Speaking as a random lurker on Sbcl I've become a fan of git
in the last 6 months. On the axiom project we use Arch, CVS,
SVN, and git.
Like the transition to lisp, using git involves an "ah-ha" moment
when you finally "get it". After that you'll wonder why anyone
would consider using anything else.
Git is different and tracks changes, not files like CVS. Thus you
do a git-add every time you make a change to a file and want to
commit the change. So there are 3 "states" to a change, one in which
you've made the change but not added it. Git, unlike CVS will ignore
the change. The second state is after a git-add but before a commit.
The third state is after a commit.
A second difference from CVS, and my personal favorite since it
completely changed the way I work, is that you can create a branch,
do a bunch of work, and then switch back to the master branch. Git
will "undo" those changes you've done. When you switch back to the
branch it redoes your changes. It shoulds a lot like working in a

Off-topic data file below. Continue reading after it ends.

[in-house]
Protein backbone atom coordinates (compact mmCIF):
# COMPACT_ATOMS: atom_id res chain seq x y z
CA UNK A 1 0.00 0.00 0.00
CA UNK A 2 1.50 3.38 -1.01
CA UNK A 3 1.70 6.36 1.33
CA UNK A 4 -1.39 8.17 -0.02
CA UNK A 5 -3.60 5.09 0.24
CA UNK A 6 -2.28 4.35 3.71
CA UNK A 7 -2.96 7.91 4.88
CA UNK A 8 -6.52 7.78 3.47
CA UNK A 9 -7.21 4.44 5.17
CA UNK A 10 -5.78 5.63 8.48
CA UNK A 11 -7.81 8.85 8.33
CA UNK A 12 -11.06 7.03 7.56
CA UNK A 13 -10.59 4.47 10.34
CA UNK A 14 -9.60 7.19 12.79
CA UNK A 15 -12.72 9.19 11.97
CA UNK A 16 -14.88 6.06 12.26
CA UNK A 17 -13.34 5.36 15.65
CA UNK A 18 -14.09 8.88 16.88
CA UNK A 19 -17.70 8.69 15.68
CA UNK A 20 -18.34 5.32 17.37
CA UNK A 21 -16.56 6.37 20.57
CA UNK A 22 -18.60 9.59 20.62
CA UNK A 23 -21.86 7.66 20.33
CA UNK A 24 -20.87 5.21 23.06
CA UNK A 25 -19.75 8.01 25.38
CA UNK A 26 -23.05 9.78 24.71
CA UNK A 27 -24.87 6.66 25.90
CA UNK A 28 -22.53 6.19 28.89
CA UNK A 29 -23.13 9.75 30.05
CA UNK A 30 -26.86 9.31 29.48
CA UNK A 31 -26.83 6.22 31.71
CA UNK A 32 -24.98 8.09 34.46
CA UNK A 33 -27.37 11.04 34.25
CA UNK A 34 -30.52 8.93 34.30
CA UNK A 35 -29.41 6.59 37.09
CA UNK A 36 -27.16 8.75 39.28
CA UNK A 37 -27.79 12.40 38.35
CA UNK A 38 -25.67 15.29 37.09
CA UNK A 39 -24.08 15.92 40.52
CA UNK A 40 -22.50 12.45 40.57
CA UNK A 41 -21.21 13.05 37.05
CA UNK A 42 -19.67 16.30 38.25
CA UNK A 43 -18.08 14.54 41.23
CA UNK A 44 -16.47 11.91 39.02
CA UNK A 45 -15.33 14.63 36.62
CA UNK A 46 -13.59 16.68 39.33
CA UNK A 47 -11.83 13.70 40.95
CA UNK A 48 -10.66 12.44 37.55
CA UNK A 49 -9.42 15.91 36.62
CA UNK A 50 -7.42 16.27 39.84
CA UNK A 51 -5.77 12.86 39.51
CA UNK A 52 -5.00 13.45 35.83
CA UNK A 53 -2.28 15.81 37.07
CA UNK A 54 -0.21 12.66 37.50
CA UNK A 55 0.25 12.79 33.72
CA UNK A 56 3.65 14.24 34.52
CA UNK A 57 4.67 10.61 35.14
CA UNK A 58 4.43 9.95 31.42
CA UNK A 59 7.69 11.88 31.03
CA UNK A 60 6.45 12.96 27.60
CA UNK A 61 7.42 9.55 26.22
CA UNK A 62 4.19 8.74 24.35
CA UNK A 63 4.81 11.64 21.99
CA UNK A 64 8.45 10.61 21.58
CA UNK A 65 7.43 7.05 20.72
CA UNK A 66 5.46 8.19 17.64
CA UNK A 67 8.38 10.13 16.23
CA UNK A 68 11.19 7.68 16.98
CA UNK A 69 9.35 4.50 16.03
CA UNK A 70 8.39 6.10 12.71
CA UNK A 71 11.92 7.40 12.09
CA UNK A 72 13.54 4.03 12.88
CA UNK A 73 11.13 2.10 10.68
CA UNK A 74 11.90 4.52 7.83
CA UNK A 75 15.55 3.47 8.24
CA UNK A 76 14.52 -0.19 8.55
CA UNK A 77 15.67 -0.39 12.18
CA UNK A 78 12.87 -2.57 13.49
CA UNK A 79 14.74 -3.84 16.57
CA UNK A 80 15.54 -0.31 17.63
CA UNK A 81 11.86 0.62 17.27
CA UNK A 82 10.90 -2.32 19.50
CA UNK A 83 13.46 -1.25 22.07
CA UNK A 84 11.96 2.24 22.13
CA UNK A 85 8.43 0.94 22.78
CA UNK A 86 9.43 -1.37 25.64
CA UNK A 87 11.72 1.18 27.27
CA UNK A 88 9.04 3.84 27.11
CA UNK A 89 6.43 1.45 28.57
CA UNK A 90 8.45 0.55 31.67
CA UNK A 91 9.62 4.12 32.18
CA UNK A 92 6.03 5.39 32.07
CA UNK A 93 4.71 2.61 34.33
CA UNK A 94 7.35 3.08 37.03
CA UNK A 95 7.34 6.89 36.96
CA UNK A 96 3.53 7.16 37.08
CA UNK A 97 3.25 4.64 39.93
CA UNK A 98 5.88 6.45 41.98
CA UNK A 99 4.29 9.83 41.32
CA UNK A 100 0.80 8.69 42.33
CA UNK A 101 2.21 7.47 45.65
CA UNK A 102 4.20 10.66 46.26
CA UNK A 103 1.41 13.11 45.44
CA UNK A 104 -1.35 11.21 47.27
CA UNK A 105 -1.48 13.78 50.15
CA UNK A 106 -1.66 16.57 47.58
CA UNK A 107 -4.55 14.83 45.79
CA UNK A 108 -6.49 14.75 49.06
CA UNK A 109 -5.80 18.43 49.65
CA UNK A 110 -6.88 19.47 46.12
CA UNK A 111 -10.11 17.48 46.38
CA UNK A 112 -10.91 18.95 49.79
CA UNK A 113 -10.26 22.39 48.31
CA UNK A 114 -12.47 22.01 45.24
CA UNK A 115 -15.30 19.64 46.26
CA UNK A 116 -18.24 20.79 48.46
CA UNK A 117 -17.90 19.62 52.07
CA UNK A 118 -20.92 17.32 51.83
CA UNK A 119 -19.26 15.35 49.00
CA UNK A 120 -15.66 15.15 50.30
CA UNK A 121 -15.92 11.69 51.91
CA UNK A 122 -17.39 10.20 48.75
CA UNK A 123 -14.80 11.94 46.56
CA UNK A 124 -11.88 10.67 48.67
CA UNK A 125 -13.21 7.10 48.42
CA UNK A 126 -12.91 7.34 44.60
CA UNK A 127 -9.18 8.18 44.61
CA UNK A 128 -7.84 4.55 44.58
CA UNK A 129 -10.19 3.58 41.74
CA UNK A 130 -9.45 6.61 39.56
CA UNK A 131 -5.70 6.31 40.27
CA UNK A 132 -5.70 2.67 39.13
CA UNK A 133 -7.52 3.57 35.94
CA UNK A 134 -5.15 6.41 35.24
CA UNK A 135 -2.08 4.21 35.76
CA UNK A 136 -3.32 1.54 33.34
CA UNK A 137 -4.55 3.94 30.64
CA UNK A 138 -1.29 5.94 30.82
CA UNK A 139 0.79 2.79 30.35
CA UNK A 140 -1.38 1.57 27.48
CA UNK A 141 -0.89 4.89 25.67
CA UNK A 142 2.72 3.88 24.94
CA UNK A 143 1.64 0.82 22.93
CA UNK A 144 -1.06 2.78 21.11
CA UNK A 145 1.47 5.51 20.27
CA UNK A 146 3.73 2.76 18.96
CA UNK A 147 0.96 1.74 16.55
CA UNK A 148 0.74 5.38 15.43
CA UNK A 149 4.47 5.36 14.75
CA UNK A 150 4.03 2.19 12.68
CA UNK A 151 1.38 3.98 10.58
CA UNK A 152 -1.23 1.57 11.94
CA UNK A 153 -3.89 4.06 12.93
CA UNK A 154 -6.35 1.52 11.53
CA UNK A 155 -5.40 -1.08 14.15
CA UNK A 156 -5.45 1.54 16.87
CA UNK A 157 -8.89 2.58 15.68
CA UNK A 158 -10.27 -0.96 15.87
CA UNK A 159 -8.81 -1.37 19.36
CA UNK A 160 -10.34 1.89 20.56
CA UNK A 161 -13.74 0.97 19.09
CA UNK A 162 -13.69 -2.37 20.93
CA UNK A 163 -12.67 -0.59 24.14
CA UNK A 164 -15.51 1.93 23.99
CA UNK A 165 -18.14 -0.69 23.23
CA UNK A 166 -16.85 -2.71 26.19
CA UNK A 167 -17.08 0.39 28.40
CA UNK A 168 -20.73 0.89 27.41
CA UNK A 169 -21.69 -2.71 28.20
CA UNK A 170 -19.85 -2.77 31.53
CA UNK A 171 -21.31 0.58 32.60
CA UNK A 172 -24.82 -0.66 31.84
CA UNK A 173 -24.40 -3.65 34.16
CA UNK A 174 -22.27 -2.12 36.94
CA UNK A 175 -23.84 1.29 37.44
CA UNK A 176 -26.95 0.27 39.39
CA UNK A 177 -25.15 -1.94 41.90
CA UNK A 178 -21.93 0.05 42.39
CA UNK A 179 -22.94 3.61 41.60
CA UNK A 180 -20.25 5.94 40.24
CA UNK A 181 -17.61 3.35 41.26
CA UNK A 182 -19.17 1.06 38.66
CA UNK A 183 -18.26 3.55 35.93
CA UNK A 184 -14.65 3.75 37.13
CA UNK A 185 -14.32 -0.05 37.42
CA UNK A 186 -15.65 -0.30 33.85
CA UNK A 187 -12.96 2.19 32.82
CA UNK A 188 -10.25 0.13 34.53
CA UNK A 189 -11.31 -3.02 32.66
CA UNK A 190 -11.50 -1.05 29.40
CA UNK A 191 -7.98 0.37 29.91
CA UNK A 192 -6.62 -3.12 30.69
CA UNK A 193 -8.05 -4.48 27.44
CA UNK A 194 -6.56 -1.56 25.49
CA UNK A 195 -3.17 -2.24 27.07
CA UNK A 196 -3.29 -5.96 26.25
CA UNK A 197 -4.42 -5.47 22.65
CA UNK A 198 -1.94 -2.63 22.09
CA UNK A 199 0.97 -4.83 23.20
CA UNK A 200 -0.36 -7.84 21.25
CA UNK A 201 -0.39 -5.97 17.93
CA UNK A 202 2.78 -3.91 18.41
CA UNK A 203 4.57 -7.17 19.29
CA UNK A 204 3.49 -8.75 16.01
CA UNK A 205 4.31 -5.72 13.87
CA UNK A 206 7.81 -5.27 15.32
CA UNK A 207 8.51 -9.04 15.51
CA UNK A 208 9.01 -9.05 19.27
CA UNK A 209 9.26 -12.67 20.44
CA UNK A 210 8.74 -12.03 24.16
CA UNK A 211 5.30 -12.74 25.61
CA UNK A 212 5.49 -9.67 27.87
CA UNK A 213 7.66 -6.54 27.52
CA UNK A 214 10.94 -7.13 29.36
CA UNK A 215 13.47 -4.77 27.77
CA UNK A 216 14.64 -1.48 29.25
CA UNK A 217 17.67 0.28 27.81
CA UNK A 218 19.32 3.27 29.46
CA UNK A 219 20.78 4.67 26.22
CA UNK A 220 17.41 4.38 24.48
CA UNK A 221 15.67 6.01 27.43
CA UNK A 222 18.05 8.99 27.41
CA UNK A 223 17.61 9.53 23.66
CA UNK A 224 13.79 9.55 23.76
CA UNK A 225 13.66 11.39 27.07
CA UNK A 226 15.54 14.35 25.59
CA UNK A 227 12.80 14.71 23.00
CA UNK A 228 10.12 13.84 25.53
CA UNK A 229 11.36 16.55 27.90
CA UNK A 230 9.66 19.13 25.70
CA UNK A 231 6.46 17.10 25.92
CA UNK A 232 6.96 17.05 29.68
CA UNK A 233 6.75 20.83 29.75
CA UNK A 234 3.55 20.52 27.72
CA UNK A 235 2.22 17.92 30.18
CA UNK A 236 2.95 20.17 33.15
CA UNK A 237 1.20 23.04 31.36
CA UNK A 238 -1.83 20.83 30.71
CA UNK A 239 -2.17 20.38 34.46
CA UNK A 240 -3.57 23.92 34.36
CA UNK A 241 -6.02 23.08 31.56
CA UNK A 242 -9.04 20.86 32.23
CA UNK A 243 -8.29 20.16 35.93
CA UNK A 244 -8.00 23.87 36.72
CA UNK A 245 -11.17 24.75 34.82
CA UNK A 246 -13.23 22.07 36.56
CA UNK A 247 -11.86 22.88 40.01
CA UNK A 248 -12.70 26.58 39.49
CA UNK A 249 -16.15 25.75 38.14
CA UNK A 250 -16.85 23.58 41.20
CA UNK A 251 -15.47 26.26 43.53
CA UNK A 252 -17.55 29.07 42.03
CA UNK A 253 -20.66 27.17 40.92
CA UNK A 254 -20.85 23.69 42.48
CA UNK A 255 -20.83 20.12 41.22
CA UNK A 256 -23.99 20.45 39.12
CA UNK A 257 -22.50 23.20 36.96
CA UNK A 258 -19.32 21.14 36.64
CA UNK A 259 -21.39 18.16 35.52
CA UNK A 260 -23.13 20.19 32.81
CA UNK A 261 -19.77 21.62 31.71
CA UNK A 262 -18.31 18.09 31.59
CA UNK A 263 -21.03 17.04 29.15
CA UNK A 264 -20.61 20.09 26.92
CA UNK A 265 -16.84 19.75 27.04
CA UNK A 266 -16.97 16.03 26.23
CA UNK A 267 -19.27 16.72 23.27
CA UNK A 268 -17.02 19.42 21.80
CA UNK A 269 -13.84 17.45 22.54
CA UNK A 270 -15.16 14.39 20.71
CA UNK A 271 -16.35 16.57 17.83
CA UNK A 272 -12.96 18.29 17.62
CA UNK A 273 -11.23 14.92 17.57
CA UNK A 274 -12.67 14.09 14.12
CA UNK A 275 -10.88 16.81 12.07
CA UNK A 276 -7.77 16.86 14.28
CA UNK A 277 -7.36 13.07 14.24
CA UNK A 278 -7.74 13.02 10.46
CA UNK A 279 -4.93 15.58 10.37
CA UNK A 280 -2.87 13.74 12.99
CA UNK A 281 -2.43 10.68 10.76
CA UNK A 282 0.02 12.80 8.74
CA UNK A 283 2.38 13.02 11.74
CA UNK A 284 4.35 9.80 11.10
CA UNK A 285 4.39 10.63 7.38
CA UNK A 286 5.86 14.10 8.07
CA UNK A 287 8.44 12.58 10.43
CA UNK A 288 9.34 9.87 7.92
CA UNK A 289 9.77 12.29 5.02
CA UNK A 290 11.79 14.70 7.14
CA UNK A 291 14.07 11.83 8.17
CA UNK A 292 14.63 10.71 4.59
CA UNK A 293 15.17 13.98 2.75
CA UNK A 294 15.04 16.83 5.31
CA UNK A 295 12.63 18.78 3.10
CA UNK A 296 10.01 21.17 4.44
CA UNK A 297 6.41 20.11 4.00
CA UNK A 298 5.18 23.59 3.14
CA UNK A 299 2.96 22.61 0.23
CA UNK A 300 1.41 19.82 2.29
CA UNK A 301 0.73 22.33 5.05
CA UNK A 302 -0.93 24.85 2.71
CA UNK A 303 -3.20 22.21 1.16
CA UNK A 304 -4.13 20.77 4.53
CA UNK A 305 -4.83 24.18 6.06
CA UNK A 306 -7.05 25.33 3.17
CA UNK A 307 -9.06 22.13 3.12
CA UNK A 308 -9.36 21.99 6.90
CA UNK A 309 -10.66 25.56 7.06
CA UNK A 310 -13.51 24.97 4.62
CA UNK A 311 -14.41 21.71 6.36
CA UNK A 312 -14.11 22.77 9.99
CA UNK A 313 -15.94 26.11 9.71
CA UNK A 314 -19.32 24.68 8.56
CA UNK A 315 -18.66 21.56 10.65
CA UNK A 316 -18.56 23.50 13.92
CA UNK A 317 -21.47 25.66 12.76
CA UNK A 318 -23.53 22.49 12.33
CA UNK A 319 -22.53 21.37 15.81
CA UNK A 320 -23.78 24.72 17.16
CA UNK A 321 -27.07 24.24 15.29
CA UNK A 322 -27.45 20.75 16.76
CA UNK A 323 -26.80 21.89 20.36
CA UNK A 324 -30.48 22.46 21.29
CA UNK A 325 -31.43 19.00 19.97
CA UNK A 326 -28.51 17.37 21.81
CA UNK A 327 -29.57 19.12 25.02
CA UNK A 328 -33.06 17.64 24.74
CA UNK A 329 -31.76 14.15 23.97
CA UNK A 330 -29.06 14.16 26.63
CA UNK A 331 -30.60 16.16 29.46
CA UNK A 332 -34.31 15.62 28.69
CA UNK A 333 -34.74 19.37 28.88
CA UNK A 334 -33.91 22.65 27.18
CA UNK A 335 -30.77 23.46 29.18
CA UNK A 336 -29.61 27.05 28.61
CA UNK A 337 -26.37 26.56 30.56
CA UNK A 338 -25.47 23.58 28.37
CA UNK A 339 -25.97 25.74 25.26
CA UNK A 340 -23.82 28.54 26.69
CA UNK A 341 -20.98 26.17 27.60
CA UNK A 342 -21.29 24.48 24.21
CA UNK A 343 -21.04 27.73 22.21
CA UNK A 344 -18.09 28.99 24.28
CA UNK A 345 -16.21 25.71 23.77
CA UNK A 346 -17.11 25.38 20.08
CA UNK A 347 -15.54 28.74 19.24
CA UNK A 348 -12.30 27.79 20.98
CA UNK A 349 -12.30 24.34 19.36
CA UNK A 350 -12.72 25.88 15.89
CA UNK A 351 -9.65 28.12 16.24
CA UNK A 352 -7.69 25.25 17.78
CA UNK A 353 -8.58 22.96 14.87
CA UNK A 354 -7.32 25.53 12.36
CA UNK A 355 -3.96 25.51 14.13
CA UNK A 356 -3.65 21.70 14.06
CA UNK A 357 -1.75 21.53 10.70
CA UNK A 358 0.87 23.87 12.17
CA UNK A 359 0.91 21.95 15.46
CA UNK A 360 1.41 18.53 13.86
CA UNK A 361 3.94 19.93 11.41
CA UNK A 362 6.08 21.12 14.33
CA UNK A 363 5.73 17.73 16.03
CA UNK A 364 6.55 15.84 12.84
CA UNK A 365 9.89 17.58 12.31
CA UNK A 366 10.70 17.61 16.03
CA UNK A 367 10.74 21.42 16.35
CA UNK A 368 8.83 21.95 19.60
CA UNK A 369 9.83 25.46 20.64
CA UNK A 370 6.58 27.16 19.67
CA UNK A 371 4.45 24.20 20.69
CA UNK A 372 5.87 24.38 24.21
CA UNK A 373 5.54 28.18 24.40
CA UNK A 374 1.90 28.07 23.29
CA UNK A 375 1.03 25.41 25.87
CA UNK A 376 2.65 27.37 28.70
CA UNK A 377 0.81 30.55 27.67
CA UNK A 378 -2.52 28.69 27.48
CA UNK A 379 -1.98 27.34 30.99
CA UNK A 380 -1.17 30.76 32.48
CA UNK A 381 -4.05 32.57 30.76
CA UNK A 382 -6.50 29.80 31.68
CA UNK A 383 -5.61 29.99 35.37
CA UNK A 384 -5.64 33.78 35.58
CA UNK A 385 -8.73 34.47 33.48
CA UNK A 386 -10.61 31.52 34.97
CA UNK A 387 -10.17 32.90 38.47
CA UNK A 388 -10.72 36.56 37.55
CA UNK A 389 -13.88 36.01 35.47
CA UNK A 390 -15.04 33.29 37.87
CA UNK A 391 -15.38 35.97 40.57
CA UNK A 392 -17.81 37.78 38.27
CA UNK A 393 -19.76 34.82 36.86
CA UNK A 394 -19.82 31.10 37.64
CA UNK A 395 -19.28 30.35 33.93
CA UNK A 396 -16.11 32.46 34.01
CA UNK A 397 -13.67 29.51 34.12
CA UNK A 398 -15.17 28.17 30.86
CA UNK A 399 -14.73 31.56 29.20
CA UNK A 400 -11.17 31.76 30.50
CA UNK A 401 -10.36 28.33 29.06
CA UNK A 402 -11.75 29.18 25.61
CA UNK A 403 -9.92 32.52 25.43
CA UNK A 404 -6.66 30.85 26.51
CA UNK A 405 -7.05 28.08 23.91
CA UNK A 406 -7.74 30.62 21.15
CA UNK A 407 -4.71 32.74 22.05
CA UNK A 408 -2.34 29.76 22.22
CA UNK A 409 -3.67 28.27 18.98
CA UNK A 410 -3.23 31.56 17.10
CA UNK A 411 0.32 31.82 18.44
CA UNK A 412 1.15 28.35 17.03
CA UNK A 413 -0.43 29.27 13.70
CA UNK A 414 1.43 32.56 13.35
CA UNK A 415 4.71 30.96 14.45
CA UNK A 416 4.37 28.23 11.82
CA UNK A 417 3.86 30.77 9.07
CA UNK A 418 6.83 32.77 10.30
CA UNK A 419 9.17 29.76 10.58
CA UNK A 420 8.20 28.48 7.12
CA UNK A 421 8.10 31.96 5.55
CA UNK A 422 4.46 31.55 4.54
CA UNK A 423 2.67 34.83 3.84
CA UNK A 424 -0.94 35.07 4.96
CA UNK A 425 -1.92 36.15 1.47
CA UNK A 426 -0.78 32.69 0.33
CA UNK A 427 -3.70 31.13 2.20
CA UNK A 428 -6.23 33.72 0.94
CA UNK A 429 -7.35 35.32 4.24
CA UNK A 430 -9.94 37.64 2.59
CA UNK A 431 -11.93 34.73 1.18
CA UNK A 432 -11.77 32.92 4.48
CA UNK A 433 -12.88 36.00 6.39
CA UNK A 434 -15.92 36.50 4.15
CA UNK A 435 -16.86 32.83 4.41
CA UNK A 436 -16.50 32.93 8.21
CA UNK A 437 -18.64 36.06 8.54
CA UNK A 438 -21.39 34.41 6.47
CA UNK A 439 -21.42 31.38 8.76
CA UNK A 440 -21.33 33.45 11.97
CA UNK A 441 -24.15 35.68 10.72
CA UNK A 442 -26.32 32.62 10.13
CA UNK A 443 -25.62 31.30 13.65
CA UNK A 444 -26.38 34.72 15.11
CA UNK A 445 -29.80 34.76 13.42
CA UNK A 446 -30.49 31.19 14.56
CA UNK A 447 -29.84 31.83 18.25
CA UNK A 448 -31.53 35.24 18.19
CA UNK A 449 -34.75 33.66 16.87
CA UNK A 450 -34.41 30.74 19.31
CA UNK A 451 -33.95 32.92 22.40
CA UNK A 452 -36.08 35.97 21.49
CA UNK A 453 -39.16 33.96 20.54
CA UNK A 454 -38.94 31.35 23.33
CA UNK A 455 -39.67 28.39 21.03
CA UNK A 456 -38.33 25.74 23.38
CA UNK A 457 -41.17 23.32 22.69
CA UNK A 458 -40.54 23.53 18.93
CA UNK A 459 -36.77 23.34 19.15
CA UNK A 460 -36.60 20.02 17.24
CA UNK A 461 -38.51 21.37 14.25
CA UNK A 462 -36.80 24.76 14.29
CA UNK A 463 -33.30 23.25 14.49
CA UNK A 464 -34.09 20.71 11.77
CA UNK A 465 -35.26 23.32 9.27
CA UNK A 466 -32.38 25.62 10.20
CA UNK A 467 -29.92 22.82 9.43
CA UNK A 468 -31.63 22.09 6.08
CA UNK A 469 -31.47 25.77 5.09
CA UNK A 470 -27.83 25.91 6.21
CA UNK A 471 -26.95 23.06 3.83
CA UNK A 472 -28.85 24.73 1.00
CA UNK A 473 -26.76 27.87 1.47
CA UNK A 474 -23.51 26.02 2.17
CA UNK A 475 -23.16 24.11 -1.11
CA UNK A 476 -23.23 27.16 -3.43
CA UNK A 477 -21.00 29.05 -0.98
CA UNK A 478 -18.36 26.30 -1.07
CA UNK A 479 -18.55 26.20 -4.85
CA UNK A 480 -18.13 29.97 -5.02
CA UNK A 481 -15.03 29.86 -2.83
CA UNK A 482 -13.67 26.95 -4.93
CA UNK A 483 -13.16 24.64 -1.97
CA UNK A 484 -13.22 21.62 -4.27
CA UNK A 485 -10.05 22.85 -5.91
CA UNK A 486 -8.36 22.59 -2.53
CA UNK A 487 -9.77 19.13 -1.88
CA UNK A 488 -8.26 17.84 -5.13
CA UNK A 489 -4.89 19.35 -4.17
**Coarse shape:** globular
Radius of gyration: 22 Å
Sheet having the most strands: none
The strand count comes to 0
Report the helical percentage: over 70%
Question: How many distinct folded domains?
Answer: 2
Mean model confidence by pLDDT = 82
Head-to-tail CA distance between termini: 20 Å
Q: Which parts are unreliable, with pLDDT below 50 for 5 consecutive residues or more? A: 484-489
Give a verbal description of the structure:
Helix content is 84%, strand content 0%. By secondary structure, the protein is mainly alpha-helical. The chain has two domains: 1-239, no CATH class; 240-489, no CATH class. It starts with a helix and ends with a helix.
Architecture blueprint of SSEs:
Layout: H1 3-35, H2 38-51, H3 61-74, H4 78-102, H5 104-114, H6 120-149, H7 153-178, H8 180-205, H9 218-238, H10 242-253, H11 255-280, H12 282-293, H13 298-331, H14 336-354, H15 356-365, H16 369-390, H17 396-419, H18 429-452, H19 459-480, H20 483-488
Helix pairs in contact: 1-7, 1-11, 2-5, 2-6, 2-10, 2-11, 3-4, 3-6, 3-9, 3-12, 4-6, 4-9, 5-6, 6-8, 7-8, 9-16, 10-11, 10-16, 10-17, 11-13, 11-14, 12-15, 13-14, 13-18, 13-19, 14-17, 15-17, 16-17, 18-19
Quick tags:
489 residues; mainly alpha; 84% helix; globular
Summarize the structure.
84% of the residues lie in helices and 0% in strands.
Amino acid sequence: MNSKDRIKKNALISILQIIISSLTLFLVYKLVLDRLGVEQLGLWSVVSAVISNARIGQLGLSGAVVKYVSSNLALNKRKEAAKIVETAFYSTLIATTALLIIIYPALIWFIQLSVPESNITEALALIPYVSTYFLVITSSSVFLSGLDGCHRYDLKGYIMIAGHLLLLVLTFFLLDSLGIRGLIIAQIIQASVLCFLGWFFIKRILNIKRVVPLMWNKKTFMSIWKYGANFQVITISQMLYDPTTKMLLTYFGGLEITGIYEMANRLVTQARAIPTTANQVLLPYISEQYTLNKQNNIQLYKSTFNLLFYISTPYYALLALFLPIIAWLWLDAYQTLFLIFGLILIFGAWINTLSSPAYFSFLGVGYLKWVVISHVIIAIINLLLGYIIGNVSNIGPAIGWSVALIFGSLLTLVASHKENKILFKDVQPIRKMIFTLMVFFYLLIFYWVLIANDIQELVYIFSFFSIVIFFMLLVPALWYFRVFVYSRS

CVS branch but it is not.
Git also does changesets but this requires discipline. You need to
resist the urge to "fix this other bug while I'm here". This is a
side-effect of changeset mentality and not really a git issue.
But coming from CVS it is another hard change.
Git-commit just commits to your local copy (that is, it computes
a new MD5 hash). In order to change another repository (say a
general git server for those who want central service) you need
to do a git-push.
Git uses a much better tracking system. There is only one .git
directory. CVS, SVN, and Arch sprinkle directories everywhere. This
bit us on the axiom project because SVN makes the directories
read-only which caused a duplicate-copy bug. Git uses MD5 hashes
and comes up with a unique number for a commit. Using that number
(or a unique prefix) you can name any commit.
Changesets are also in Arch but the change-orientation and the ease
of branching is not. The Arch required-naming convention is also
hard for people to accept.
Git allows every clone to be "the central repository" so each person
has their own official version. You can "checkout" from other people's
version. They can "checkout" from yours. You can also commit. This is
a major shift of thinking from using a central repository.
CVS and its spawn SVN are much harder to use and require a central
repository. I use SVN for work and we use SVN for some of the people
on the project. My personal experience is that SVN loses work. This
has happened half-a-dozen times for work and twice for axiom. Source
code control systems should never lose work. Avoid SVN.
Oh, and git is blindingly fast. Did I mention that it is fast?
After watching SVN struggle to do anything git simply flies.